“..the fact that the FBI likely seized privileged material between the president and his lawyer is certainly troubling.”

Or is it just a promotion campaign for Comey’s book tour?

Trump Blasts “Disgraceful” FBI Raid Of Lawyer’s Office (ZH)

Update II: As many probably suspected, Trump attorney Michael Cohen is under investigation for possible fraud and campaign finance violations, the Washington Post reported. The FBI has seized documents – including emails, tax documents and other records – related to Cohen’s $130,000 payment to adult film star Stormy Daniels. Meanwhile, President Trump has stepped up to defend his longtime personal attorney, calling the raid “a whole new level of unfairness” and going as far to say it was an “attack on our country, on what we stand for before heading into a meeting with top military leaders.” He also described the special counsel’s team as “the most conflicted group of people I’ve ever met” and said the raid was “a disgraceful situation.”

Trump added that the raid happened after Deputy AG Rod Rosenstein – who is supervising the Mueller probe – approved a referral that Mueller brought to the US Attorney for the Southern District of New York. Jeff Sessions also came under fire as the president bashed him once again for recusing himself from the Mueller probe. Trump also exclaimed that “no one is looking at the other side” referring to Clinton’s 30,000 missing emails. “I have this witch hunt constantly going on,” he said. Of course, Trump has every reason to defend Cohen. As Trump’s longtime lawyer, Cohen knows where the bodies are buried. And the fact that the FBI likely seized privileged material between the president and his lawyer is certainly troubling.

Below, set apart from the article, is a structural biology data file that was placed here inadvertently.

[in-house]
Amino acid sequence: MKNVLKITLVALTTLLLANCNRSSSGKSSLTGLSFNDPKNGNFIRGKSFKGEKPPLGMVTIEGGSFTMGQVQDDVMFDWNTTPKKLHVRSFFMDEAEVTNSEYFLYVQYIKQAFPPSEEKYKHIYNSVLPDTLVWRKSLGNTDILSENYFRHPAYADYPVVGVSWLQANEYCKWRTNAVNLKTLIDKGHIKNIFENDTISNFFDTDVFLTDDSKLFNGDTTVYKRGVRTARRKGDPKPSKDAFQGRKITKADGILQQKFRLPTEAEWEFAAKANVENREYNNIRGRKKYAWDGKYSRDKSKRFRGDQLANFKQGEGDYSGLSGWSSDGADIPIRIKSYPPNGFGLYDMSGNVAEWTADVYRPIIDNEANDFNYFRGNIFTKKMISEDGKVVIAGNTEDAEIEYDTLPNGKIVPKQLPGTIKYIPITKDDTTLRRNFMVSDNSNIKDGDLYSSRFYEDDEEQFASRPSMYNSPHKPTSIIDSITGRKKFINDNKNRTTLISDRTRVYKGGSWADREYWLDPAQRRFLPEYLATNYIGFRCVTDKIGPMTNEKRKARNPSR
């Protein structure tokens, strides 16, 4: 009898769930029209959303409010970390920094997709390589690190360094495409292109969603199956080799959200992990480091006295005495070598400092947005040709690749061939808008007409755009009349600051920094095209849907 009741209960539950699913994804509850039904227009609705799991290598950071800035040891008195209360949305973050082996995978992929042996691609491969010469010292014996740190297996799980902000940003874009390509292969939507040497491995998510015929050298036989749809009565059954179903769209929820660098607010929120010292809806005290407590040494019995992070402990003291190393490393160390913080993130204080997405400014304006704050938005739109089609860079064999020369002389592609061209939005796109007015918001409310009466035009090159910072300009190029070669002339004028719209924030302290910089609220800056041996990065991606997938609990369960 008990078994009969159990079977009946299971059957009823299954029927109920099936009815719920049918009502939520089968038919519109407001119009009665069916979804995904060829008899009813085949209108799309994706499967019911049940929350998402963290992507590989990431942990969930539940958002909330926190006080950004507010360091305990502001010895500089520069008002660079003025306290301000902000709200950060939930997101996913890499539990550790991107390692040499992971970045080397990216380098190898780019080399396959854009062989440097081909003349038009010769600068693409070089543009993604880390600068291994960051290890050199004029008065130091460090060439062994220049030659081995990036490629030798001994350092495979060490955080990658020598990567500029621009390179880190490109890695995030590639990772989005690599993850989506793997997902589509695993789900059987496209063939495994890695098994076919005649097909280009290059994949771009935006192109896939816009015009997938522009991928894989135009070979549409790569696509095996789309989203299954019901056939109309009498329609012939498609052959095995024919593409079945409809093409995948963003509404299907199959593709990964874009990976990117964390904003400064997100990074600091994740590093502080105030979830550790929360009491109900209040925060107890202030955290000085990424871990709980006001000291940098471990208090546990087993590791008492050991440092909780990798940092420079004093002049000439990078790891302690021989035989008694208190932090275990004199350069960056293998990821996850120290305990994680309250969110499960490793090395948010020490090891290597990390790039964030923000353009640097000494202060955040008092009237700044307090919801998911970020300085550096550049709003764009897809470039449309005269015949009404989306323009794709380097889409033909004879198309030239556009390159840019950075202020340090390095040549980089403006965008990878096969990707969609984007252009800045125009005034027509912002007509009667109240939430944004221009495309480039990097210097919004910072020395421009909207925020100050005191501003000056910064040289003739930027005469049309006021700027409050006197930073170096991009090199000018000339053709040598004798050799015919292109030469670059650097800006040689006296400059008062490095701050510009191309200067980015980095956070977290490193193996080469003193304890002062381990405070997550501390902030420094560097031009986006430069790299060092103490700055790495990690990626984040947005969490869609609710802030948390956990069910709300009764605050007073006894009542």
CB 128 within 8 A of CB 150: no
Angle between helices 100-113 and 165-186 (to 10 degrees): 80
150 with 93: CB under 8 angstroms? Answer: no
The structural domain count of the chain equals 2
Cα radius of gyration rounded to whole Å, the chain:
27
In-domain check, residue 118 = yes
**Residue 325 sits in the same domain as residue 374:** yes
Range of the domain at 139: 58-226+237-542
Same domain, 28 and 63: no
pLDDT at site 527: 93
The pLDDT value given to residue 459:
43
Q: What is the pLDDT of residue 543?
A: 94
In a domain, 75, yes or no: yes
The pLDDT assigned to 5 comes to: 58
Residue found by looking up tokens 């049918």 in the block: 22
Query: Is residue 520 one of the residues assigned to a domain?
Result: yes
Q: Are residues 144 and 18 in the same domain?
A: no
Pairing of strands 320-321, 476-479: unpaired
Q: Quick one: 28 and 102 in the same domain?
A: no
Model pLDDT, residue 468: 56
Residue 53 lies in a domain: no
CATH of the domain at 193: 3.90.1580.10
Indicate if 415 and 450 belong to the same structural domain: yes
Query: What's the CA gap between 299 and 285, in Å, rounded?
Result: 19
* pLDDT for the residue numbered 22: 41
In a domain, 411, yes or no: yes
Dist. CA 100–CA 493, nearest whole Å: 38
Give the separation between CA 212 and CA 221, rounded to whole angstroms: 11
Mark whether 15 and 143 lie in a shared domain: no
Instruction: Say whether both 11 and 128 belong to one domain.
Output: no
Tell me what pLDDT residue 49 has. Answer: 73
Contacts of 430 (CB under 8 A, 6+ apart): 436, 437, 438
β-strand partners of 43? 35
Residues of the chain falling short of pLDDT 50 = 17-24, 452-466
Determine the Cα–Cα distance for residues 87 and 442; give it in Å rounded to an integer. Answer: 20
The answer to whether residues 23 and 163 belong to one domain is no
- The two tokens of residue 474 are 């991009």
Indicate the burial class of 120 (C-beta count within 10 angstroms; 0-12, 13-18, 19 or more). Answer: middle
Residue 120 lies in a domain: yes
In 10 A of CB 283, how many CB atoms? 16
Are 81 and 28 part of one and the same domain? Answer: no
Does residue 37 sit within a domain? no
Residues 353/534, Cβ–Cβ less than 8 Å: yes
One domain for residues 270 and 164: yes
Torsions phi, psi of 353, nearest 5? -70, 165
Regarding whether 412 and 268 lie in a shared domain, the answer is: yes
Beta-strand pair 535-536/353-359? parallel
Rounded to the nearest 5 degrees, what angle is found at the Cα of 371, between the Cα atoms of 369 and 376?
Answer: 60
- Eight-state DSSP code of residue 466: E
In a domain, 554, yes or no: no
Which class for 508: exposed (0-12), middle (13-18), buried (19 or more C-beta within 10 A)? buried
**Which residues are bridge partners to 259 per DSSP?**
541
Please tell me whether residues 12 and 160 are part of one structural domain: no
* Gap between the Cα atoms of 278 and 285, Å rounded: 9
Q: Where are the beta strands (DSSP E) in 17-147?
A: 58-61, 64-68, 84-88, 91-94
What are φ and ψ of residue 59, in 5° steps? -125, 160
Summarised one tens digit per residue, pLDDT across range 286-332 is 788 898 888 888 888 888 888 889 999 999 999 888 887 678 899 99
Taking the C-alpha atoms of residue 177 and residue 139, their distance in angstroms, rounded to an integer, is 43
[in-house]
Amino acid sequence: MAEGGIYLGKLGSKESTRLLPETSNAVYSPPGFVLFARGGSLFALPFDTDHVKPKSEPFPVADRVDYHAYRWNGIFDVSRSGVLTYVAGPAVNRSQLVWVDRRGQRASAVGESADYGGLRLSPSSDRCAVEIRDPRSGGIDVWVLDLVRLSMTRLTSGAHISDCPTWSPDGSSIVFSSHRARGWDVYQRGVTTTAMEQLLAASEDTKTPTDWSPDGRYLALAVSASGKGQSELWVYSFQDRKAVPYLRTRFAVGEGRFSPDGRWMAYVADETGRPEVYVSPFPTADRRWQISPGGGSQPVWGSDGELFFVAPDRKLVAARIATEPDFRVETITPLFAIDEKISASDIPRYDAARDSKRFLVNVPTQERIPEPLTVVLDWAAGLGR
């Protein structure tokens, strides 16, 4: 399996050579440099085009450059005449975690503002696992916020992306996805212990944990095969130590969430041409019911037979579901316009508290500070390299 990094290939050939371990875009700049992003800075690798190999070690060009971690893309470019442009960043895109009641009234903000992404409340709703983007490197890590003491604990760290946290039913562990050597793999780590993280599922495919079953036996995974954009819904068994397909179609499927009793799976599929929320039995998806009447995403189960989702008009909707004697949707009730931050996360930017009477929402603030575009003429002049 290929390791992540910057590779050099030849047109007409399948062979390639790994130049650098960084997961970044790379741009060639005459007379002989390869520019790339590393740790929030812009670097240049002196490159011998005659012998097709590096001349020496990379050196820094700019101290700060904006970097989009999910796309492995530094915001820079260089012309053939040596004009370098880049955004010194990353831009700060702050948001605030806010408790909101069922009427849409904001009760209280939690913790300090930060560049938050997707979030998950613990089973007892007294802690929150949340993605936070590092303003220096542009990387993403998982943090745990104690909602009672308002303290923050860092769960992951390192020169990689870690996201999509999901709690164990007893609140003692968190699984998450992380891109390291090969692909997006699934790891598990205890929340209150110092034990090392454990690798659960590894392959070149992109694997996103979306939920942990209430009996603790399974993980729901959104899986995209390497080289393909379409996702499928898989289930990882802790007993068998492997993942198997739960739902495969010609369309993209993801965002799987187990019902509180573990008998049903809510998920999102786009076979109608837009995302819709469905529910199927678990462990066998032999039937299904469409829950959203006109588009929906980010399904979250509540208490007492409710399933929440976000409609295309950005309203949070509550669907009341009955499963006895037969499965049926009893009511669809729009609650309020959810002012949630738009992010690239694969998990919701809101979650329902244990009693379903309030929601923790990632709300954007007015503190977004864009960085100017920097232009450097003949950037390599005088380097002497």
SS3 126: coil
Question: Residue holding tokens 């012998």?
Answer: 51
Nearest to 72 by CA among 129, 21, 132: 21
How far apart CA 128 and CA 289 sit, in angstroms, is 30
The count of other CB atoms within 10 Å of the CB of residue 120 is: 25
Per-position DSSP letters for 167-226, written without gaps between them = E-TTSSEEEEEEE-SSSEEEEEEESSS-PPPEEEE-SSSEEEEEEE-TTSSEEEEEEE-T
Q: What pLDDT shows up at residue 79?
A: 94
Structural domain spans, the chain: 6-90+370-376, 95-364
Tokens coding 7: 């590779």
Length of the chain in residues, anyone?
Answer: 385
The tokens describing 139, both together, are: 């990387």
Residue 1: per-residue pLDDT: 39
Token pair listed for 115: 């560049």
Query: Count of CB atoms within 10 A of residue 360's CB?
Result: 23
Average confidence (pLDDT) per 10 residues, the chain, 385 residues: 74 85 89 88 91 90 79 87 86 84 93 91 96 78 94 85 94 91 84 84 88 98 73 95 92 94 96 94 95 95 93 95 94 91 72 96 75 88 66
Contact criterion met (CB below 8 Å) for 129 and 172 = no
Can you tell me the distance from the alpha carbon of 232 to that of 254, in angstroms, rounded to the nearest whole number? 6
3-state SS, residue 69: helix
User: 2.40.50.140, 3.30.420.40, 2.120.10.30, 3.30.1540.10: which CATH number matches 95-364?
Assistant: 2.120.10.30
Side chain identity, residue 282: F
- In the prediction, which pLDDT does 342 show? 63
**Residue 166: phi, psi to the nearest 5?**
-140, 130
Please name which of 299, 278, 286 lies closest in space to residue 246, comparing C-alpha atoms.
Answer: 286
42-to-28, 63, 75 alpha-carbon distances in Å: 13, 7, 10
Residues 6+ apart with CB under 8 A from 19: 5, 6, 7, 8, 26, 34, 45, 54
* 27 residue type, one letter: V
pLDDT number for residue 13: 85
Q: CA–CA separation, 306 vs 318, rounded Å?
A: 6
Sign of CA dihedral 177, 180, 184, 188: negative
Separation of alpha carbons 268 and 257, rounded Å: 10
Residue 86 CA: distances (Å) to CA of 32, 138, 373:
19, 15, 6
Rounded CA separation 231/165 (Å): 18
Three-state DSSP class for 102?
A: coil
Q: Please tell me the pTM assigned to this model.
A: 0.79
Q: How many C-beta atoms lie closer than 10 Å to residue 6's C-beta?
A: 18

Update: Michael Cohen’s lawyer says the FBI seized privileged communications between Cohen and his clients – a group that notably includes President Trump. And thus, we have what could quite possibly be an ulterior motive for the search. While initial reports suggested the raid on Cohen’s home wasn’t related to the Mueller probe, CBS is reporting that it’s unclear whether the raid was in relation to Stormy Daniels, the Mueller probe or something else. The Wall Street Journal reported that Cohen’s office in Rockefeller Center was searched along with his home and hotel room. The search was executed by the Manhattan US Attorney’s Office which is carrying out an independent investigation in coordination with Mueller. Cohen has of course already turned over his emails to the special counsel.